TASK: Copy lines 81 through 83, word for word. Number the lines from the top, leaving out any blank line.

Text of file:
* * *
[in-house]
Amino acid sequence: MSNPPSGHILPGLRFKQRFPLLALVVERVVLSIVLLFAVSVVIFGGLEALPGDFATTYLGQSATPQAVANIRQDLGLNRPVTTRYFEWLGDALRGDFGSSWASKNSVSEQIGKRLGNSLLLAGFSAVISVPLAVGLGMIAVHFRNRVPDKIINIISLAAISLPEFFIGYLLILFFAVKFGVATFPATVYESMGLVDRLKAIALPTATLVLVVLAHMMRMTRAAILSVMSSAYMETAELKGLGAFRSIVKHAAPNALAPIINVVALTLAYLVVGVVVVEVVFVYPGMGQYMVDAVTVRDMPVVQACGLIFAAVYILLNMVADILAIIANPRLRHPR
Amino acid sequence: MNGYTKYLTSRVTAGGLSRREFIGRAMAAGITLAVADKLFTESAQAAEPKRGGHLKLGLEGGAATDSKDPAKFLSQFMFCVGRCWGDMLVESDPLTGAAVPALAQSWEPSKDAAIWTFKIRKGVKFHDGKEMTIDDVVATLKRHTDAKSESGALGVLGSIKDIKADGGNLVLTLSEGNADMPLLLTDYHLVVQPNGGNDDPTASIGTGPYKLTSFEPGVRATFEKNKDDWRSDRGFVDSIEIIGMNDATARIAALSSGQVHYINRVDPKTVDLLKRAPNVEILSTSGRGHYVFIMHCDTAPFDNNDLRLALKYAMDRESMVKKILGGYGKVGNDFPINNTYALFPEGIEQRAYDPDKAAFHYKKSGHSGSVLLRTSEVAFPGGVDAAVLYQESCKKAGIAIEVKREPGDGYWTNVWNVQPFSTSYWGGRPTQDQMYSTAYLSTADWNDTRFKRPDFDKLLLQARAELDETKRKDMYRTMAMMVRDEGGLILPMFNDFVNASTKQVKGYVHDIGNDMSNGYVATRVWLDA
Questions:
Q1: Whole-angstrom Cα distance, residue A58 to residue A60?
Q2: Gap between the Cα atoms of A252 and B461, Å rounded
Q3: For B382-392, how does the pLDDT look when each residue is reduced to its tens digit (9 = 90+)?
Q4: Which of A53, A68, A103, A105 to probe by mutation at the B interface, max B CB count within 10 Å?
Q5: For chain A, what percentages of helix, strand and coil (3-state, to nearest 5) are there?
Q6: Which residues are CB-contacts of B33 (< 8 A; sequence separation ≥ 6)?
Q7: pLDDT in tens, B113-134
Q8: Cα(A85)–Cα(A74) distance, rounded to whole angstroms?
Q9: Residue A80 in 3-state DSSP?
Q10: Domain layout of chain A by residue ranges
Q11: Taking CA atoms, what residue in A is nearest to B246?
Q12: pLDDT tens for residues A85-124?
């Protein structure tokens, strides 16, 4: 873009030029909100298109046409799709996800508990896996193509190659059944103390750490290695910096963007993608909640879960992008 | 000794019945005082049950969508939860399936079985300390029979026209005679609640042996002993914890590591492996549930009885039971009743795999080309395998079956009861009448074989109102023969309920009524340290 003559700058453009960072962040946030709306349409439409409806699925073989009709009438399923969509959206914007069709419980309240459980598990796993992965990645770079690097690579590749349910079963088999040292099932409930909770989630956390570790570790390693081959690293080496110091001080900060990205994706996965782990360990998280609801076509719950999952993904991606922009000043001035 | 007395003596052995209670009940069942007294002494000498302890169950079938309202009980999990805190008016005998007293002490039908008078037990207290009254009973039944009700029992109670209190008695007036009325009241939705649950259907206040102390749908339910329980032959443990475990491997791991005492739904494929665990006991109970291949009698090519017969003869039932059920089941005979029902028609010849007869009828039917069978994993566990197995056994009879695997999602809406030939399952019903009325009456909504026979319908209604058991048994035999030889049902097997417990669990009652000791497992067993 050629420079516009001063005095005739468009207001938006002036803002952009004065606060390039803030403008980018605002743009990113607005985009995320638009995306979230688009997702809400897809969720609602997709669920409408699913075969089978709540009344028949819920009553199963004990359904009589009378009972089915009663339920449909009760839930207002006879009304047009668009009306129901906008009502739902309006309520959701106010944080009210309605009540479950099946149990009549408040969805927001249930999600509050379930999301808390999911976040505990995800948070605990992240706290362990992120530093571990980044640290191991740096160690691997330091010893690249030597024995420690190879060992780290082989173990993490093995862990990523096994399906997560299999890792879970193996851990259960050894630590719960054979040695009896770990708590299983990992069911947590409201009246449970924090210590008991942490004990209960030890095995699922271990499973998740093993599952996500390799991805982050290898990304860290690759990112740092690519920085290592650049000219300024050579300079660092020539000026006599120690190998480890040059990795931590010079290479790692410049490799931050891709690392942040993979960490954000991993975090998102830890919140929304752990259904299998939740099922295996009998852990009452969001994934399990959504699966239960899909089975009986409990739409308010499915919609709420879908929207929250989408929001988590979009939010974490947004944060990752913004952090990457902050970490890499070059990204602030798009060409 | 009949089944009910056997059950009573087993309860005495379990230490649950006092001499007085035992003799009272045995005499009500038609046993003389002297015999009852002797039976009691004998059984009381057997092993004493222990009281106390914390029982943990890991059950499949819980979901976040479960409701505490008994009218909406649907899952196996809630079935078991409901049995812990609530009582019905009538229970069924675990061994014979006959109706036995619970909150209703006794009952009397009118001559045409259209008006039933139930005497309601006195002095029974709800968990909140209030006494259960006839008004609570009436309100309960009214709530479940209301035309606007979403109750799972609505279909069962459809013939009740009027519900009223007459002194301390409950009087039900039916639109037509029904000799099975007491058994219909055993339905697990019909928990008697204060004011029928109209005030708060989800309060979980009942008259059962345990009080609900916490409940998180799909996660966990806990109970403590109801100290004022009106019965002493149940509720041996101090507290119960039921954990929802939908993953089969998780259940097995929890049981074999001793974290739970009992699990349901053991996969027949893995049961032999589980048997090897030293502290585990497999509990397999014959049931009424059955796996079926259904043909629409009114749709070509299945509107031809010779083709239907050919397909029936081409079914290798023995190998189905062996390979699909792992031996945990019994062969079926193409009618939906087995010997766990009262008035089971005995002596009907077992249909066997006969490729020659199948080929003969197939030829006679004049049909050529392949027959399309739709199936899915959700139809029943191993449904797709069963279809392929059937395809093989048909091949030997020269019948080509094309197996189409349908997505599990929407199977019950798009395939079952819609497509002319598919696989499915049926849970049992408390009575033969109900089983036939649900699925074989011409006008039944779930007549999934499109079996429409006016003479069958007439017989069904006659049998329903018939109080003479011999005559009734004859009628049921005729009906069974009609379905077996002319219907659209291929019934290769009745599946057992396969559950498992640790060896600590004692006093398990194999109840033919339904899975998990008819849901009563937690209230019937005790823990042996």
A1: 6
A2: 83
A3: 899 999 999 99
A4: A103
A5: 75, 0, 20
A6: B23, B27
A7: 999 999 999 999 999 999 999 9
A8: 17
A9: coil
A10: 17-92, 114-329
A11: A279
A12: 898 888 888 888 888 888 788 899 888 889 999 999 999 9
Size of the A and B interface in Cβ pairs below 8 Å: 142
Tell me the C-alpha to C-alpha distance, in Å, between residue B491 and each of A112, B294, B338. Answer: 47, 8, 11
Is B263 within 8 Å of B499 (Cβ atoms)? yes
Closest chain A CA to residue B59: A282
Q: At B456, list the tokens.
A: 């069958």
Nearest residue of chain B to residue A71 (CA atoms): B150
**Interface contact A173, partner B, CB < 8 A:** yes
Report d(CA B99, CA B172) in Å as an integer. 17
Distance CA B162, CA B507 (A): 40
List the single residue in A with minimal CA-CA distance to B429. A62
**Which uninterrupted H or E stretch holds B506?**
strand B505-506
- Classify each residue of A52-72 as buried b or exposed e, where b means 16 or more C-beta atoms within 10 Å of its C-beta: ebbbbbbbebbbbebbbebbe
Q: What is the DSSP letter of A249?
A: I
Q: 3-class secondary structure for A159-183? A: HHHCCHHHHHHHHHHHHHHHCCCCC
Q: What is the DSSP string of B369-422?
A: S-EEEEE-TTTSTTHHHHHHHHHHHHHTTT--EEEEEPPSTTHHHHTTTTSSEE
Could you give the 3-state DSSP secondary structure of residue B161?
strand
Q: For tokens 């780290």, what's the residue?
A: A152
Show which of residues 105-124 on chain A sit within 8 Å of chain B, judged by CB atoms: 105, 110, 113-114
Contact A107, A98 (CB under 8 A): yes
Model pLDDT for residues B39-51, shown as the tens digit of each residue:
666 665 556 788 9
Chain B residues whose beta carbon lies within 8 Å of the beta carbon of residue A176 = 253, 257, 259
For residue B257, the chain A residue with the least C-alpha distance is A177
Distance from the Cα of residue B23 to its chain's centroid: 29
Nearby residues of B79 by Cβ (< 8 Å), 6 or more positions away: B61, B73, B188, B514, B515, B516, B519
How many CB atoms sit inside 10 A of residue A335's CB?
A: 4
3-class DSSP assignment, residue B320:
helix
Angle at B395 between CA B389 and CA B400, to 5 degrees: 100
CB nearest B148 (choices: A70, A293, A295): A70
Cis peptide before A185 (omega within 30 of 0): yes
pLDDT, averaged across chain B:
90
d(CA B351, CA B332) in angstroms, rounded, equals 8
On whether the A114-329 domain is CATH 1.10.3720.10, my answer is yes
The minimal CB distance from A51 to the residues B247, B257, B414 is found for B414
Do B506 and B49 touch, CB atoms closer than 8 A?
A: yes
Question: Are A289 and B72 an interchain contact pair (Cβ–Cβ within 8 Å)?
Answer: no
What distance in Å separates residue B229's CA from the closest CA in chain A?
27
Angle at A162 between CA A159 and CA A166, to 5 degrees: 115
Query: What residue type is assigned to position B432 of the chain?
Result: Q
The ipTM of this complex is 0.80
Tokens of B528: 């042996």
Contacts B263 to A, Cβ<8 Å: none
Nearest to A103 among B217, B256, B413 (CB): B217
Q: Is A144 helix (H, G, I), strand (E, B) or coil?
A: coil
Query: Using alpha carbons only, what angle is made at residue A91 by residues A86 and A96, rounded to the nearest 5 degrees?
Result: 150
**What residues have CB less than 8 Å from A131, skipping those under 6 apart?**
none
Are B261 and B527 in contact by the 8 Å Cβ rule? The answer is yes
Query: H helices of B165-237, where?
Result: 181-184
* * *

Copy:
Result: Q
The ipTM of this complex is 0.80
Tokens of B528: 């042996």